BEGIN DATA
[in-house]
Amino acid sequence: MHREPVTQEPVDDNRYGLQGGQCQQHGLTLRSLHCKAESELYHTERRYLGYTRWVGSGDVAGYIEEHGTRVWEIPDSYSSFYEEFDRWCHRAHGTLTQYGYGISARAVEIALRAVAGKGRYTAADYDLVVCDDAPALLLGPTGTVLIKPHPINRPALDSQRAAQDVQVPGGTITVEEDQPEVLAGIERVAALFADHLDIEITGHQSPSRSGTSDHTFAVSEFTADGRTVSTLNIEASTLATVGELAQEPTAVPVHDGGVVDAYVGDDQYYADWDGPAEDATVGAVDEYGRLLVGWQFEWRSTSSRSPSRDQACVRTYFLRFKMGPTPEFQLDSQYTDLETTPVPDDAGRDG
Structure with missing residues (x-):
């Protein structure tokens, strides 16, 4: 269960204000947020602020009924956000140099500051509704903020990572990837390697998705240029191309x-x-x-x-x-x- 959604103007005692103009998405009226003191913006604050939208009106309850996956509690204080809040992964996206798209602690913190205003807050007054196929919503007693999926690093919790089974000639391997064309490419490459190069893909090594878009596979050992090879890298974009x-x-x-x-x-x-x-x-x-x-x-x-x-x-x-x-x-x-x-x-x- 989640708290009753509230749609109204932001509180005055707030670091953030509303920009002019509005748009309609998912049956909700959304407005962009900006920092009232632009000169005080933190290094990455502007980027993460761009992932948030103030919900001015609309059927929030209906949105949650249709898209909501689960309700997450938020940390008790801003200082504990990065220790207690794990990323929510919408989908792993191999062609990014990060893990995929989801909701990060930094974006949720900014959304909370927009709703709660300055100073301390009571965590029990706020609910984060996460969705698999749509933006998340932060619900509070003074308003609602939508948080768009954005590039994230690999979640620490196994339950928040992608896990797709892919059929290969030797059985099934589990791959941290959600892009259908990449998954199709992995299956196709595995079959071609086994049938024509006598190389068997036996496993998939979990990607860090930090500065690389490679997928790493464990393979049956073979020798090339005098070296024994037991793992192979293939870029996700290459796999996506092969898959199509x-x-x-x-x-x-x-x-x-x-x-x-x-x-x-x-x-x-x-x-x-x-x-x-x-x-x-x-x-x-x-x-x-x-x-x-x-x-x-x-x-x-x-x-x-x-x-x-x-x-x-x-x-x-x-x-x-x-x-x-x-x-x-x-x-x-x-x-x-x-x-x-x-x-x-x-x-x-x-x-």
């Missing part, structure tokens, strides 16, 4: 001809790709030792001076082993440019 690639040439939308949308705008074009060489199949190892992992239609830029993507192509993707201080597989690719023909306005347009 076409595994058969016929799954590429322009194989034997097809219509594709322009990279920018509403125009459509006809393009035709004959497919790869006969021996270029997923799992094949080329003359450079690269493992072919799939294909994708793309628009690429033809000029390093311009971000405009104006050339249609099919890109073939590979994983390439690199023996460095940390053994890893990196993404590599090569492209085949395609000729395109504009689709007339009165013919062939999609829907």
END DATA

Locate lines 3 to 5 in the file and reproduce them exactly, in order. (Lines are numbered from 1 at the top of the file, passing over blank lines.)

Structure with missing residues (x-):
């Protein structure tokens, strides 16, 4: 269960204000947020602020009924956000140099500051509704903020990572990837390697998705240029191309x-x-x-x-x-x- 959604103007005692103009998405009226003191913006604050939208009106309850996956509690204080809040992964996206798209602690913190205003807050007054196929919503007693999926690093919790089974000639391997064309490419490459190069893909090594878009596979050992090879890298974009x-x-x-x-x-x-x-x-x-x-x-x-x-x-x-x-x-x-x-x-x- 989640708290009753509230749609109204932001509180005055707030670091953030509303920009002019509005748009309609998912049956909700959304407005962009900006920092009232632009000169005080933190290094990455502007980027993460761009992932948030103030919900001015609309059927929030209906949105949650249709898209909501689960309700997450938020940390008790801003200082504990990065220790207690794990990323929510919408989908792993191999062609990014990060893990995929989801909701990060930094974006949720900014959304909370927009709703709660300055100073301390009571965590029990706020609910984060996460969705698999749509933006998340932060619900509070003074308003609602939508948080768009954005590039994230690999979640620490196994339950928040992608896990797709892919059929290969030797059985099934589990791959941290959600892009259908990449998954199709992995299956196709595995079959071609086994049938024509006598190389068997036996496993998939979990990607860090930090500065690389490679997928790493464990393979049956073979020798090339005098070296024994037991793992192979293939870029996700290459796999996506092969898959199509x-x-x-x-x-x-x-x-x-x-x-x-x-x-x-x-x-x-x-x-x-x-x-x-x-x-x-x-x-x-x-x-x-x-x-x-x-x-x-x-x-x-x-x-x-x-x-x-x-x-x-x-x-x-x-x-x-x-x-x-x-x-x-x-x-x-x-x-x-x-x-x-x-x-x-x-x-x-x-x-």
């Missing part, structure tokens, strides 16, 4: 001809790709030792001076082993440019 690639040439939308949308705008074009060489199949190892992992239609830029993507192509993707201080597989690719023909306005347009 076409595994058969016929799954590429322009194989034997097809219509594709322009990279920018509403125009459509006809393009035709004959497919790869006969021996270029997923799992094949080329003359450079690269493992072919799939294909994708793309628009690429033809000029390093311009971000405009104006050339249609099919890109073939590979994983390439690199023996460095940390053994890893990196993404590599090569492209085949395609000729395109504009689709007339009165013919062939999609829907």